A flight attendant has been fired and charged with public intoxication (a misdemeanor) Thursday for failing a breathalyzer test following a flight during which she appeared intoxicated on a United Express regional jet.
Julianne March, 49, of Waukesha, Wisconsin, was working a regional flight from Chicago O’Hare to South Bend, Indiana, on Aug. 2 when a passenger noticed she seemed impaired and tweeted about it to United.
According to the criminal complaintobtained by USA TODAY, airport officers met the plane when it landed in South Bend and questioned March.
“Officers asked her where she was; she answered ‘Chicago.’ Once she did finally stand, she needed to use the airplane’s seats to maintain her balance,” the document read, adding that she was asked multiple times if she was on any medications and answered no each time.
The document noted the officer’s observations that “March had bloodshot eyes, slurred speech, the odor of alcoholic beverages on her breath, and poor balance.”
According to the affidavit, March confirmed she had consumed alcohol, informing the detaining officers that she had two “vodka shooters” before work.
The complaint also said she initially refused to take a breath analysis test but did so after being taken to the jail in St. Joseph County, Indiana, where her blood alcohol level was found to be .204. The limit for pilots, cabin crew and other “safety-sensitive” personnel is .04, according to the Federal Aviation Administration.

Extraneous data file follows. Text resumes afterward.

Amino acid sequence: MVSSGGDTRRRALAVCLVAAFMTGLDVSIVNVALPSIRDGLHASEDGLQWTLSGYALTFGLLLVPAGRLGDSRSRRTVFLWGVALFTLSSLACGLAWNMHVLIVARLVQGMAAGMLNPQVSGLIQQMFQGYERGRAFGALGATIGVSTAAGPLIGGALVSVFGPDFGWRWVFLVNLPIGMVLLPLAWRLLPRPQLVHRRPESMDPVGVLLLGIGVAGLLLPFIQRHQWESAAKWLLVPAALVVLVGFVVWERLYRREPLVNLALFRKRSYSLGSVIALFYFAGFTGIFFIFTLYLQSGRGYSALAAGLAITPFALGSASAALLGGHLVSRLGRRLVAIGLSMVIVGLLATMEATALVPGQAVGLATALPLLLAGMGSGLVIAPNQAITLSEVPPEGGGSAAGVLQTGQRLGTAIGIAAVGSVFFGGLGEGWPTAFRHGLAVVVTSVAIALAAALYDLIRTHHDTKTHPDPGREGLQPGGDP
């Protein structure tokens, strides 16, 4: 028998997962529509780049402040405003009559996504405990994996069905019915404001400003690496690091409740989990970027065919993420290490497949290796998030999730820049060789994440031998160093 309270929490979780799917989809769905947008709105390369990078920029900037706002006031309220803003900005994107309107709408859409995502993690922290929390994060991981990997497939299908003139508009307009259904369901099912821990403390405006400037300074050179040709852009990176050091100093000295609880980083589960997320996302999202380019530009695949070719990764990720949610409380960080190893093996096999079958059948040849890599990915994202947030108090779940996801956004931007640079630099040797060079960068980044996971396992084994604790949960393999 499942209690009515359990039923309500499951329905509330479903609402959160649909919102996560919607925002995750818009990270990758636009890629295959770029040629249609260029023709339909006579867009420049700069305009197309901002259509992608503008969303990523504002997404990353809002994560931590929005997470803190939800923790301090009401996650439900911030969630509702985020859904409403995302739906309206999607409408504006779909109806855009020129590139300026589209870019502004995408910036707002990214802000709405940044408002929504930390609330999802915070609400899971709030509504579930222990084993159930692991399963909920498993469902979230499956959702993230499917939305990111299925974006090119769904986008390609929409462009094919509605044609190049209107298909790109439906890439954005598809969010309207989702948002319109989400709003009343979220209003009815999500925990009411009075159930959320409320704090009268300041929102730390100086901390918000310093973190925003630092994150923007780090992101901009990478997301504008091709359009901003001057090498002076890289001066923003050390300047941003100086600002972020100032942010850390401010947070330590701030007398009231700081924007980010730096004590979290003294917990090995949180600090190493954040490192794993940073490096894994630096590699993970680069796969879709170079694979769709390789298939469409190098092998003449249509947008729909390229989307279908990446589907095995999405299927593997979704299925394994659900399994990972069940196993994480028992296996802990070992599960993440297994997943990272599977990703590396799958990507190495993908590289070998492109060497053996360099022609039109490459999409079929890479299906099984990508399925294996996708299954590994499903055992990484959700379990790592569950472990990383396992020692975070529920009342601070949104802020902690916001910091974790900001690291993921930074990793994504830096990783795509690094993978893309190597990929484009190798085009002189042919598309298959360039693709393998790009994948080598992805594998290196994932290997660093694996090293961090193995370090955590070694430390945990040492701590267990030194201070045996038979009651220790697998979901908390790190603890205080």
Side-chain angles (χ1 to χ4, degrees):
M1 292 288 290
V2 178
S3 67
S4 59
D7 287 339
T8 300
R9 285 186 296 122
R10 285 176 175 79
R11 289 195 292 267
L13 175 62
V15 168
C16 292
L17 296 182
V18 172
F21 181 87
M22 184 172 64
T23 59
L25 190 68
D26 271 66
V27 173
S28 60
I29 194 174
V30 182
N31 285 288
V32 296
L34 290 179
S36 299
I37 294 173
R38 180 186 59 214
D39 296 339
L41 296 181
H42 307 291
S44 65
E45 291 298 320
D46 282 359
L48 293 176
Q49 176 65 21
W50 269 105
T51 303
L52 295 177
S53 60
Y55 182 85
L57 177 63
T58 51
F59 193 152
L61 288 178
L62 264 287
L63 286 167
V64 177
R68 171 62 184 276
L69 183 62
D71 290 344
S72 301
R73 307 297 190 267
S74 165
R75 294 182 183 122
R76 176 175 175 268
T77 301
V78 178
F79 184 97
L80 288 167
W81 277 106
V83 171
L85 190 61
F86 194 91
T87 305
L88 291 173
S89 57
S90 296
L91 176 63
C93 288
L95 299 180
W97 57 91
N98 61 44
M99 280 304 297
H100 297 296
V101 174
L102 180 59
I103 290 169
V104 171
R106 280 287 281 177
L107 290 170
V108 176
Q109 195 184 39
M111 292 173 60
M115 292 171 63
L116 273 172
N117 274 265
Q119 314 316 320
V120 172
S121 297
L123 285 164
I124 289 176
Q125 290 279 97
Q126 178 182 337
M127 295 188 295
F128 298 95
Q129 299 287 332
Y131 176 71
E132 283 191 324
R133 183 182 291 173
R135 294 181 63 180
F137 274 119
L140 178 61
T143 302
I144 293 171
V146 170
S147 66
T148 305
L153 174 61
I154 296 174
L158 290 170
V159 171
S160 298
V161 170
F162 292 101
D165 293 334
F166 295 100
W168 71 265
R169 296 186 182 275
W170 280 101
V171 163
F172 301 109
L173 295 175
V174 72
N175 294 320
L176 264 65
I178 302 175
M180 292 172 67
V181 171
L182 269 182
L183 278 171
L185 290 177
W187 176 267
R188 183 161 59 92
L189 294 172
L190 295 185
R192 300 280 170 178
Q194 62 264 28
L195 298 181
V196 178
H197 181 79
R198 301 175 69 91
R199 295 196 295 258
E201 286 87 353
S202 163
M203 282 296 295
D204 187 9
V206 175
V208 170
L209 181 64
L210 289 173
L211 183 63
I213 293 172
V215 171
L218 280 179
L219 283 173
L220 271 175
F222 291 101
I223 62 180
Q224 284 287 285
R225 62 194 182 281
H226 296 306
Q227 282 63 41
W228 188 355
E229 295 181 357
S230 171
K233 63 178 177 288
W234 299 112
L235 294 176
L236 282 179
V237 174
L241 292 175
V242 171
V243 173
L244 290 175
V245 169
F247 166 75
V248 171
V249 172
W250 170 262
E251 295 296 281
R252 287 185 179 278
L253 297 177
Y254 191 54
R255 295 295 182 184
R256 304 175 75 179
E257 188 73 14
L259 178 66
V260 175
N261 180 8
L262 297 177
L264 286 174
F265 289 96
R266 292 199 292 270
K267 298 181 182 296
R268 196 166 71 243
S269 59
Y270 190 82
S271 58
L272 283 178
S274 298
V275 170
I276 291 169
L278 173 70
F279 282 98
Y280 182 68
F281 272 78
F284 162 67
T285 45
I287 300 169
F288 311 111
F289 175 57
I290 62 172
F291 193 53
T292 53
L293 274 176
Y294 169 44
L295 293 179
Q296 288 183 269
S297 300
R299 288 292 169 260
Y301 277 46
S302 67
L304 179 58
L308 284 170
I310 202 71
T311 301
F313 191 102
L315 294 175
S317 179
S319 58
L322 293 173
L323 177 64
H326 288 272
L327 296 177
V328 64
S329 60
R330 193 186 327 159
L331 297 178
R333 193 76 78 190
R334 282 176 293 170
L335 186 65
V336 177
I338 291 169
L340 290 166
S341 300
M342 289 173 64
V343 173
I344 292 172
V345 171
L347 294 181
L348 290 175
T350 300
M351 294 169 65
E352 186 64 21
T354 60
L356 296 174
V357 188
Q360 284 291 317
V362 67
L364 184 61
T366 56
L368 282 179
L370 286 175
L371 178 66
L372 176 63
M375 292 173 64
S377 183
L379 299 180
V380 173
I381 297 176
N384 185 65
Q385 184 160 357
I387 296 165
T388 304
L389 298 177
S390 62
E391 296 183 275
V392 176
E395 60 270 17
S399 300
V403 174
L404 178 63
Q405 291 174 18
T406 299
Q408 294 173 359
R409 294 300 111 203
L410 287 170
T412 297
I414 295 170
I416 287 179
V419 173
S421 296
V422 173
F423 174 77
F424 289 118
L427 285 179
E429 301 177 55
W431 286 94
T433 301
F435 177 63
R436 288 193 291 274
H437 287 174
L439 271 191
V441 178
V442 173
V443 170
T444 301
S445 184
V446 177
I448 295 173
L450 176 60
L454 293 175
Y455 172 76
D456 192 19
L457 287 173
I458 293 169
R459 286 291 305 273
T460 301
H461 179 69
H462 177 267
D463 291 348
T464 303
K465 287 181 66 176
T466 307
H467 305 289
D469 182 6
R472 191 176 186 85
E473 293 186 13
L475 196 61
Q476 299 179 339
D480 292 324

Passengers complained March exhibited slurred speech and coordination issues during the short flight.
“Our flight attendant appears to be quite drunk on this from from ORD to SBN,” passenger Aaron Scherb tweeted in a message to United. “She is slurring her speech (she couldn’t make it through the security announcement), couldn’t walk straight/was bumping into everyone in the aisle, and kept dropping things.”
“The flight attendant involved in this incident is no longer an employee of the company. We will continue to cooperate with local authorities and assist them as necessary,” the company told ABC.
Neither United or Air Wisconsin immediately replied to USA TODAY’s request for comment.